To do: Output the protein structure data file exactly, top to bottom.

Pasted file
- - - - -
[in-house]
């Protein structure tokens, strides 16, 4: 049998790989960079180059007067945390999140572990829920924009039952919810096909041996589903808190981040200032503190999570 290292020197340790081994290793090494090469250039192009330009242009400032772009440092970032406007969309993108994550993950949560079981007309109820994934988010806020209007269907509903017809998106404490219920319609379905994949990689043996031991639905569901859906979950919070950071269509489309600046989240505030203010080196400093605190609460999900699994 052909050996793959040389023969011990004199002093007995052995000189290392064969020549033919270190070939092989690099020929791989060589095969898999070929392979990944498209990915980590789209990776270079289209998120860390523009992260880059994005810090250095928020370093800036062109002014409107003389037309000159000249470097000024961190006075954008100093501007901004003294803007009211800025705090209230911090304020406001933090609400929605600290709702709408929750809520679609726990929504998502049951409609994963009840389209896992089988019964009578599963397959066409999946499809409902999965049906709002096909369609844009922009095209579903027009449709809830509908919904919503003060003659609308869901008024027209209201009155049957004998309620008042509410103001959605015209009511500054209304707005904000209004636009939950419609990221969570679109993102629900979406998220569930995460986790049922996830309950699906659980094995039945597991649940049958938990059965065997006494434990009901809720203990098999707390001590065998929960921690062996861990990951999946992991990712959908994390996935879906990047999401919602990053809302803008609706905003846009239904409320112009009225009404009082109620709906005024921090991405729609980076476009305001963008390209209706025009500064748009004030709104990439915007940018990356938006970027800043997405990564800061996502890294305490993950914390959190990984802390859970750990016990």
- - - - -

[in-house]
């Protein structure tokens, strides 16, 4: 049998790989960079180059007067945390999140572990829920924009039952919810096909041996589903808190981040200032503190999570 290292020197340790081994290793090494090469250039192009330009242009400032772009440092970032406007969309993108994550993950949560079981007309109820994934988010806020209007269907509903017809998106404490219920319609379905994949990689043996031991639905569901859906979950919070950071269509489309600046989240505030203010080196400093605190609460999900699994 052909050996793959040389023969011990004199002093007995052995000189290392064969020549033919270190070939092989690099020929791989060589095969898999070929392979990944498209990915980590789209990776270079289209998120860390523009992260880059994005810090250095928020370093800036062109002014409107003389037309000159000249470097000024961190006075954008100093501007901004003294803007009211800025705090209230911090304020406001933090609400929605600290709702709408929750809520679609726990929504998502049951409609994963009840389209896992089988019964009578599963397959066409999946499809409902999965049906709002096909369609844009922009095209579903027009449709809830509908919904919503003060003659609308869901008024027209209201009155049957004998309620008042509410103001959605015209009511500054209304707005904000209004636009939950419609990221969570679109993102629900979406998220569930995460986790049922996830309950699906659980094995039945597991649940049958938990059965065997006494434990009901809720203990098999707390001590065998929960921690062996861990990951999946992991990712959908994390996935879906990047999401919602990053809302803008609706905003846009239904409320112009009225009404009082109620709906005024921090991405729609980076476009305001963008390209209706025009500064748009004030709104990439915007940018990356938006970027800043997405990564800061996502890294305490993950914390959190990984802390859970750990016990």